It’s well-documented that millennials are having less sex than any previous generation, and research suggests Gen Z is going the exact same way. The question is: why? It is entirely possible the new Netflix series Sex Education might have the answers.
Sex Education is the story of a Otis, who lives with his sex therapist mother. But while she is intensely relaxed about sex and talks freely about everything from masturbation to impotence, 15-year-old Otis is a virgin.
In the trailer for the show, we hear his mother, played by Gillian Anderson, saying to her son: “I’ve noticed that you’ve been pretending to masturbate and I was wondering if you wanted to talk about that?”
It’s presented as an irony that the son of someone whose life revolves around fixing sexual dysfunction, isn’t having sex themselves. But I wonder if Sex Education has uncovered the reason younger people are having less and less sex: that their parents and teachers have ruined it.
Back in the bad old days, sex education involved doing the grand tour of European brothels if you were a rich young man, a quiet whisper about some unpleasantness to come on the morning of your wedding day if you were a rich young woman; everyone else learnt from watching farm animals.
Twenty-first century parents tie themselves in knots trying to get it right. There are books, apps, documentaries and websites dedicated to sex ed. The accepted wisdom seems to be that it needs to go beyond condoms and STIs, and include consent, pleasure and detailed anatomy – as well as the pitfalls of the digital world. And rightly so. But as well as being healthy and consenting, shouldn’t sex also be – well – sexy?
Let’s face it, listening to a lecture about oral sex from your mum or teacher is anything but. There’s a fine line between giving teenagers all the information they need to make good choices, and ruining the mystery of physical exploration by giving lectures about it over Sunday lunch.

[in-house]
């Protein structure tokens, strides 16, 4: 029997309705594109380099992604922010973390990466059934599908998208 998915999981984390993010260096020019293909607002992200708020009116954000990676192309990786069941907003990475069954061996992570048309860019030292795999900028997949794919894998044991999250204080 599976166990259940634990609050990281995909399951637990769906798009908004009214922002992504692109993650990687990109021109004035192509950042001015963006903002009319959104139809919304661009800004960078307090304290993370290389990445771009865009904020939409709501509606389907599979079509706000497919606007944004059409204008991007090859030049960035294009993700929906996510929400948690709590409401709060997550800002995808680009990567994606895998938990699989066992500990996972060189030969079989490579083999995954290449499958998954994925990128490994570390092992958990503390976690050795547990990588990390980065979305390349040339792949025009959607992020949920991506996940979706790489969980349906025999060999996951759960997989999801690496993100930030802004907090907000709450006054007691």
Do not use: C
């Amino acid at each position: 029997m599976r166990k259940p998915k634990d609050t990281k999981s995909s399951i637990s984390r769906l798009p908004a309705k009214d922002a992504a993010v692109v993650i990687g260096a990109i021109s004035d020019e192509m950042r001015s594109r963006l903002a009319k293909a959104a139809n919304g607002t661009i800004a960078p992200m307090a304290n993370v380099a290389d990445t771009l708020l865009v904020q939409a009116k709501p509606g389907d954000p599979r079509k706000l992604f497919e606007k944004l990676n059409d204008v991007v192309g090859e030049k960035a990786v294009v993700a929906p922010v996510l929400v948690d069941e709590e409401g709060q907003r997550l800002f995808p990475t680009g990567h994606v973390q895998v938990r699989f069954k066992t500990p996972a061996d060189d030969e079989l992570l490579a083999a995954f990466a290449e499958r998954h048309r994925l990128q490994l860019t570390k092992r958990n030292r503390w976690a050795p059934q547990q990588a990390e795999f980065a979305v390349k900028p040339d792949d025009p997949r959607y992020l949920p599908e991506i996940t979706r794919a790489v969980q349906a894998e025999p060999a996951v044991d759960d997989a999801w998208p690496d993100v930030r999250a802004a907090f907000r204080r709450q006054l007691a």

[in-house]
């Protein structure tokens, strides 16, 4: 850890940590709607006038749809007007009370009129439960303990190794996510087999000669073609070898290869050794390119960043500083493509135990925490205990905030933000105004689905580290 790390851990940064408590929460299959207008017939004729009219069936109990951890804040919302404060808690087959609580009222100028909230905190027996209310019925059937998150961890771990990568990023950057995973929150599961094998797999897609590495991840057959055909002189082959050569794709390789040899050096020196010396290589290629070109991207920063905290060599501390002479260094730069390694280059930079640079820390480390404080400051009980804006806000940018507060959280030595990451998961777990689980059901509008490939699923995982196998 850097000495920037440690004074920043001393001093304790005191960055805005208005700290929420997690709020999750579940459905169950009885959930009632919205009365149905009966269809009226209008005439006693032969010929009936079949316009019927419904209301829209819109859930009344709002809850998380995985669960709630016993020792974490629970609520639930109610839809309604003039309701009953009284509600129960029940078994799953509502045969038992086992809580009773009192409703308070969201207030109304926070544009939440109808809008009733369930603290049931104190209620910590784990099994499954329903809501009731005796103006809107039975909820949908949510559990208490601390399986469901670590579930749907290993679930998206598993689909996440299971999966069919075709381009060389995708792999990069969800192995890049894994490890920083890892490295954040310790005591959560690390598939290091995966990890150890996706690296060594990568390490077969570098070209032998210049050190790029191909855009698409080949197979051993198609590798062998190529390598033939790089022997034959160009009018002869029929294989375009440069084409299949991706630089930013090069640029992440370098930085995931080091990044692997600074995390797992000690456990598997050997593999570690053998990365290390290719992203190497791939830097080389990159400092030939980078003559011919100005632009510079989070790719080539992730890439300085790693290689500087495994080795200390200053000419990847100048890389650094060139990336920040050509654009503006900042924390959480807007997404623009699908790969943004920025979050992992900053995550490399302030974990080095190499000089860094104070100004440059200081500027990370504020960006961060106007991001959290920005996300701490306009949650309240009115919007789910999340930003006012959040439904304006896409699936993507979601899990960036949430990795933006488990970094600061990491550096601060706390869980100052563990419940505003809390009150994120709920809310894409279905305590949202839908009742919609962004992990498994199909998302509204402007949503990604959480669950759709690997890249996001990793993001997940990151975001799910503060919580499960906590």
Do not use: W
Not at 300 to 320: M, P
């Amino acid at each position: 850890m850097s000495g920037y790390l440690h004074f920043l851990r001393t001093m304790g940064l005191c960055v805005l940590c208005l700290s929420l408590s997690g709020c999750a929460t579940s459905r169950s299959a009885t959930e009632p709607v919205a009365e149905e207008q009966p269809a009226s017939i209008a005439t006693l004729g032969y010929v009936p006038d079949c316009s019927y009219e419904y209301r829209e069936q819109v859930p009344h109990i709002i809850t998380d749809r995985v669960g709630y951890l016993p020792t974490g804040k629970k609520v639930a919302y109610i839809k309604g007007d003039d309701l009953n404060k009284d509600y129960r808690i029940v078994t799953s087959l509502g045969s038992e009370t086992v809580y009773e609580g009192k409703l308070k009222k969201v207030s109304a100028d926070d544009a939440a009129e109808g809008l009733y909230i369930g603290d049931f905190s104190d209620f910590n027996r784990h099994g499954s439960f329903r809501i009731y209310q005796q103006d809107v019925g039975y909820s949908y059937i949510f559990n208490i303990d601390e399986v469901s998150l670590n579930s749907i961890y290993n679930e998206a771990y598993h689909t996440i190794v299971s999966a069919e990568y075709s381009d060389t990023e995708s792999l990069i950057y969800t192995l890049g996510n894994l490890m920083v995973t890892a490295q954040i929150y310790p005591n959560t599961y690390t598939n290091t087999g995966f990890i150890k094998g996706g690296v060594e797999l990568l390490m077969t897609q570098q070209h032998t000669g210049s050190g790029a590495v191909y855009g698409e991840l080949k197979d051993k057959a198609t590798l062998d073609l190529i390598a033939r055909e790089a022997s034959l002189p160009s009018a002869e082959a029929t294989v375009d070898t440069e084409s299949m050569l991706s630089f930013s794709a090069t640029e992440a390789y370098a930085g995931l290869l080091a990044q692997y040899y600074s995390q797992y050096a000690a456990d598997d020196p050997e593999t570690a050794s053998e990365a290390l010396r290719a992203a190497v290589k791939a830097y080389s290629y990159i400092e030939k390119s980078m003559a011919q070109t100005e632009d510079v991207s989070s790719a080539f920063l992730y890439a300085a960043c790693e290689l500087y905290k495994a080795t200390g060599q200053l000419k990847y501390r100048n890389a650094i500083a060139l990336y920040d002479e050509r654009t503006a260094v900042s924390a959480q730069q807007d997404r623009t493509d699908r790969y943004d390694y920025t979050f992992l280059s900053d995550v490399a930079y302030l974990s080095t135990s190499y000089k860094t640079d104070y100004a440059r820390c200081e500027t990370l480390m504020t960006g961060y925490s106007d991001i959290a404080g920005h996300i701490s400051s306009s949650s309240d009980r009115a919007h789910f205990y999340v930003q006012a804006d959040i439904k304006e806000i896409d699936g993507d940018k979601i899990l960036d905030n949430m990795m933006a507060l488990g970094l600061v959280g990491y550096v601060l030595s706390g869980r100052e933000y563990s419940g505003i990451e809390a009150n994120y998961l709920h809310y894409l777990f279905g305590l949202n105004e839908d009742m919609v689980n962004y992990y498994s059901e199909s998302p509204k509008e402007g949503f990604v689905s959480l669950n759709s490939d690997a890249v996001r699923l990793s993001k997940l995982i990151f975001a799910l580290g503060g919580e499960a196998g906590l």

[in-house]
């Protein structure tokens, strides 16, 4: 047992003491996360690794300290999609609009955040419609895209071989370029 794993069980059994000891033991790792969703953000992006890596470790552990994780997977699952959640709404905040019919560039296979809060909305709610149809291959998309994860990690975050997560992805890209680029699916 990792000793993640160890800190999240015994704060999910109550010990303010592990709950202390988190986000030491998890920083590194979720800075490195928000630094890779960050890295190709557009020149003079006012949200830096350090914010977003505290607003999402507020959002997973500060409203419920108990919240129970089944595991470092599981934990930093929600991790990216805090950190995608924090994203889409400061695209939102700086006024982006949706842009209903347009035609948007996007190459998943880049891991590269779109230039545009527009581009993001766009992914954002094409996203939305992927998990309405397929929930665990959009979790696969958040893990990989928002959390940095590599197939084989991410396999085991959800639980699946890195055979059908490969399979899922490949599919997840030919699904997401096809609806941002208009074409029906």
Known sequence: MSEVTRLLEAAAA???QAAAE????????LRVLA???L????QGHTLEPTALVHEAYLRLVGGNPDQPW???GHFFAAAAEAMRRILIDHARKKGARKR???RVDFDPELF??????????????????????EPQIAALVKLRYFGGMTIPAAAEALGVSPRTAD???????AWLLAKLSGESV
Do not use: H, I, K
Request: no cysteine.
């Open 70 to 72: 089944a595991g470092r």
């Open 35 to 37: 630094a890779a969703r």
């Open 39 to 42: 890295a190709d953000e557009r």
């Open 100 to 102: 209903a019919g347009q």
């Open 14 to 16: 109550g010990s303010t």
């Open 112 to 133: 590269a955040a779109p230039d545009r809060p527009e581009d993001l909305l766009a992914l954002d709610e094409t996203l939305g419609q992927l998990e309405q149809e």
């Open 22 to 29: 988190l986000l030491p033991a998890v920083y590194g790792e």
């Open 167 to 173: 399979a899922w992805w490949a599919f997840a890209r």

I was raised in a household were sex was just a thing people did. If shock factor had been what I was aiming for as a teenager, I’d have had more luck announcing I wanted to go to church than requesting that my boyfriend sleep over. I think I owe my healthy attitude towards sex to my pragmatic, relatively hands-off upbringing.
Carrie* (30) had the opposite experience. She told me: “My mum is a midwife and sexual health nurse, so I was brought up with pictures of women giving birth, baby dolls, boobs and the rest around the house. Sex to my mum was a bad thing. She’s only ever been with my dad, which is beautiful – but it’s not like that any more.
“Stupid teenagers had sex to get pregnant. She thought that would happen to me, so it was quite oppressive. She was always helpful regarding contraception, but I actually rebelled. I had A LOT of sex and I couldn’t tell her, because I knew she’d judge me. I’m getting married this year – and I’m sure my mum thinks I’ve only had sex with two people.”
Sophie* (27) grew up in a household where sex was a hot topic. “My mum was raised very religious and rebelled by having a lot of sex. So when we were teenagers she wanted things to be different for us. She wanted to normalise sex, but actually she made it feel kind of gross. I hated having to talk to her about stuff like masturbation and oral sex. It was embarrassing, and I wanted it to be private.”
I asked ‘sexpert’ Annabelle Knight whether she thinks particularly open households might spoil the experience of exploration.
“Anything your parents deem as cool or fun – no matter what – will make it seem less so to their kids,” she says. “The trick is to be open to questions and to inform with accurate info, teamed with sex and relationship education in schools – taught by professionals.
“Everyone’s sexual journey should have a little mystique. Half the fun of sex is experimentation and discovery… but, the basics have to be covered and kids should be safe in the knowledge that if they have questions or problems they have a reliable and trustworthy source of information to fall back on.”
I had always assumed I would be an incredibly cool mum. And, frankly, it would only take a Google search for my future offspring to find out my opinions on swinging, threesomes or BDSM. I had visions of my children’s friends seeing me as some kind of oracle. But I’m starting to wonder if I’d be doing them a disservice.
What I consider to be modern parenting might strip away any excitement. If you want a teenager to think something is uncool, the fastest way is to connect it with their parent.
So when it comes to sex education in my household (still a way off, admittedly) I’ll be taking a step back. I’ll be around to answer questions and never judge. But that’s where I’ll leave it.
Young people discovering sex deserve the right to work things out for themselves, to explore their bodies and the bodies of their partners without their Dad’s voice in the back of their heads saying “don’t forget about the foreplay”. That’s a surefire way to make sure we raise generation sexless.